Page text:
I spent my last full day in Seoul purchasing some discount hiking poles and looking around the fabric section of the Gwangjang Market. Or in other words, getting lost in the identical aisles of the Gwangjang Market. I could have passed the same teetering pile of fabric half a dozen times and not known it. This is not to say that all the fabrics were the same, indeed there was a vast variety of colour and composition, it is merely that fabric shops of any reasonable size have an innate ability to become labyrinths to the unsuspecting customer. Thus, it is hardly surprising that an entire market of fabric stores had me without orientation within seconds. Eventually I escaped the maze, sanity and wallet intact (there was a long moment where I debated getting a hambok after the fun I had wearing one). I spent the rest of the day relaxing at the hostel and checking a few last minute details for my next stage of travelling. Because my flight to Japan was an early one, I’d elected to change to a hostel closer to the airport for ease of mind. This is where everything started to go wrong. Well not everything, just one particular thing that impacted on everything else. One very annoying little thing.
Remember how on my first day in Seoul I was complaining about the difficulties of getting money at an ATM? Well it happened again as I tried to pay for my hostel and again and again at the nearby ATMs. I was forced to cancel my hostel, though at such short notice they charged via the internet anyway. Ironic that I was forced to pay for something I could not have when the reason I was unable to have it was that I could not pay.
Having seen the train times, I knew there was no way I would have been able to stay at my previous hostel, where I technically still had a reservation, and make it to the airport on time. Hence I found myself sprawled and trying desperately to sleep on an airport bench while waiting for 04:30 and check in to roll around. It eventually did, and after a pleasant chat with my mother via the beauty of free, unlimited airport WiFi (take note all English airports), I checked in without a hitch.
The queue for both entrances to security was painfully long, so long in fact that the two ends collided out by the check in desks. I was reminded of the days when all the new security measures had only just been introduced and no one knew what was going on. Nowadays it is so streamlined in some airports as to be almost painless. My flight left on time and, other than a little turbulence, I naively thought I had left my troubles behind. More fool me, for in my pocket still lurked the card of doom, biding its time until I needed to withdraw my yen.
Safely through immigration and customs, I head straight for the ATM line up and start working my way down the line. To my utter devastation, not a single one would give me any money. There I was, stuck half way around the world, without a usable penny, or rather yen, to my name. I didn’t have a working sim card and with no money, I could not use a payphone. After a small meltdown and several failed attempts to phone home via Messenger, I found myself once more in front of the dreaded ATMs. This time my goal was only to get enough money for the pay phone. At the third machine along I started low and upon a miraculous success, worked my way up until the I once again got an error message.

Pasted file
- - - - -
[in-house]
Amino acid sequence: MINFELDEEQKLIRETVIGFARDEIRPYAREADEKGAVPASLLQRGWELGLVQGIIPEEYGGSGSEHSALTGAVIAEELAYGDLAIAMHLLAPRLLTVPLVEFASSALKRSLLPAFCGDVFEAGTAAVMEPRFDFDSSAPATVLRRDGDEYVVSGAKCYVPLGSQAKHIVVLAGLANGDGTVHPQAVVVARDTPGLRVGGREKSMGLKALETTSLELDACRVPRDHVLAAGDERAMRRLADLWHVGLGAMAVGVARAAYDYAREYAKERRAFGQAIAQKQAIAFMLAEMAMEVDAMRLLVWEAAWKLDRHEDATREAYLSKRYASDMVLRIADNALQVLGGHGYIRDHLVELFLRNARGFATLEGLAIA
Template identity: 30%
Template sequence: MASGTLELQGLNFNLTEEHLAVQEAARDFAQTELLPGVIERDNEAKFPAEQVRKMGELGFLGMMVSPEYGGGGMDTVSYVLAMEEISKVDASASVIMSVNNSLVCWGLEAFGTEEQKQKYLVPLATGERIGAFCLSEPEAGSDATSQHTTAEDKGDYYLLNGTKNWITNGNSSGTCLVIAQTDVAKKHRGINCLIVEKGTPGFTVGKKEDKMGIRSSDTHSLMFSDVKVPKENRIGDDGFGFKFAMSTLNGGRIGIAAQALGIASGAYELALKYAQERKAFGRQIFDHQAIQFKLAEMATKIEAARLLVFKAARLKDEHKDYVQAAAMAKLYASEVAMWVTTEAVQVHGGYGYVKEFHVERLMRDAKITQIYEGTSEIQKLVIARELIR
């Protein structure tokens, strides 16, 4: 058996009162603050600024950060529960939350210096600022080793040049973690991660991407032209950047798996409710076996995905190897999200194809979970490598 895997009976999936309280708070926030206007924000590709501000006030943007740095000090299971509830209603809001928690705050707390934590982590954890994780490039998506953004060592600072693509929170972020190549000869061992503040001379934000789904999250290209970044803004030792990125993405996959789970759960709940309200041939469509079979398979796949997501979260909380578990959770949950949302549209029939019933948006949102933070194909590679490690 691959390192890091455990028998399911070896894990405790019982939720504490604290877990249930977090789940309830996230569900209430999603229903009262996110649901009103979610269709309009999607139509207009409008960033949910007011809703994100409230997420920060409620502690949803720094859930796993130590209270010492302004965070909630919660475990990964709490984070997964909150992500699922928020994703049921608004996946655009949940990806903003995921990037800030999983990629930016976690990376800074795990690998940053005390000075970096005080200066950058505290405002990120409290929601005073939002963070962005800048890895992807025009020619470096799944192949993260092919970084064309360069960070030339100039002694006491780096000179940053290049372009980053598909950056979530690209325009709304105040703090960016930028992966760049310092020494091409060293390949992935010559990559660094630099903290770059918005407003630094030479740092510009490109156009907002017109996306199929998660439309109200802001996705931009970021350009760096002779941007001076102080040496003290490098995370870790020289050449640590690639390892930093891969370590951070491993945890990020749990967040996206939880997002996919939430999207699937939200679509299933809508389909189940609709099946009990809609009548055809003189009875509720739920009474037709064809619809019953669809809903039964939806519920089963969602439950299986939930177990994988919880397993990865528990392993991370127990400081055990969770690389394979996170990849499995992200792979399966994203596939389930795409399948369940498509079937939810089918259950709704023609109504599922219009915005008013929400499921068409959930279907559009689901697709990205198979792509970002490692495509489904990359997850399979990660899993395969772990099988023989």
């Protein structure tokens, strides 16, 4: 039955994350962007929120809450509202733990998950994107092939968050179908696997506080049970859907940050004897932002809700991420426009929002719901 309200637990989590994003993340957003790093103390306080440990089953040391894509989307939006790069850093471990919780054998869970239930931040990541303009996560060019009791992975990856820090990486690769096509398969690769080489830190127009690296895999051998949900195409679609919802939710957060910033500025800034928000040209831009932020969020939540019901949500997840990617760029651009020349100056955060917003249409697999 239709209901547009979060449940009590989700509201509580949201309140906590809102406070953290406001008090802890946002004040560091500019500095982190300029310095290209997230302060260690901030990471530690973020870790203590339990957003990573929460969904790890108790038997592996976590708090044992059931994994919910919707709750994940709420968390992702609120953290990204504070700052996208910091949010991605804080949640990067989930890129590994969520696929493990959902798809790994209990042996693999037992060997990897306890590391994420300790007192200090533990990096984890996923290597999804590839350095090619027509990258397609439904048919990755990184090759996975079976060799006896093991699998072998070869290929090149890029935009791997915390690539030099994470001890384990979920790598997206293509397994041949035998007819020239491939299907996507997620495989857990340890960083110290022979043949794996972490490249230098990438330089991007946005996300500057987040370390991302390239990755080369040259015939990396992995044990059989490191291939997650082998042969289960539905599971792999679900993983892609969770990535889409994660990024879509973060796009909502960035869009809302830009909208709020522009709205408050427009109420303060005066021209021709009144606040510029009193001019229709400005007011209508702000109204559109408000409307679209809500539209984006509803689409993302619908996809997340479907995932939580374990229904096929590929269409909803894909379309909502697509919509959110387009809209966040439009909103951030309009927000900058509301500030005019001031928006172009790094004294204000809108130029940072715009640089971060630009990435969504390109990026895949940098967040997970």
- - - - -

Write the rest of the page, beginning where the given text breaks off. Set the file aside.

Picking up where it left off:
This method was by no means perfect and I dread to think of the various bank charges I have incurred but I now had enough money for the train and my hostel, which was a marked improvement. Armed with my newly procured funds I took the JR line to Nagano where I said goodbye to English announcements and continued on to Yudanaka. I carefully monitored snow levels throughout my journey, after all my sole reason for coming to Yudanaka is to see the snow monkeys. Things did not look promising as the train set off from Tokyo. It was not until well after Nagano that dustings of snow began to appear and only in the final stretch, when we ventured in to the shadow of mountains, that any major snowfall occured. End of the line and I walked to my hostel, miraculously not getting lost. I enjoyed an amazing plate of sushi and some tempura with a couple of other guests before retiring for the evening.
An amusing aside observation is how airports and train stations gradually seem to be giving up on forbidding luggage on escalators. In Hong Kong, signs asked that people with big bags use the lifts but when I reached Seoul it was only if one had multiple bags that the lift was required (though the number of stairs in some stations made the lift a tempting option anyway); at Incheon Airport signs showed how to take two suitcase on the escalator; finally, when I reached Narita Airport in Japan, the escalator to the train station was labelled as being suitable for taking trolleys. On this last however, one must note the look of fear on the faces of those standing in front of the trolley.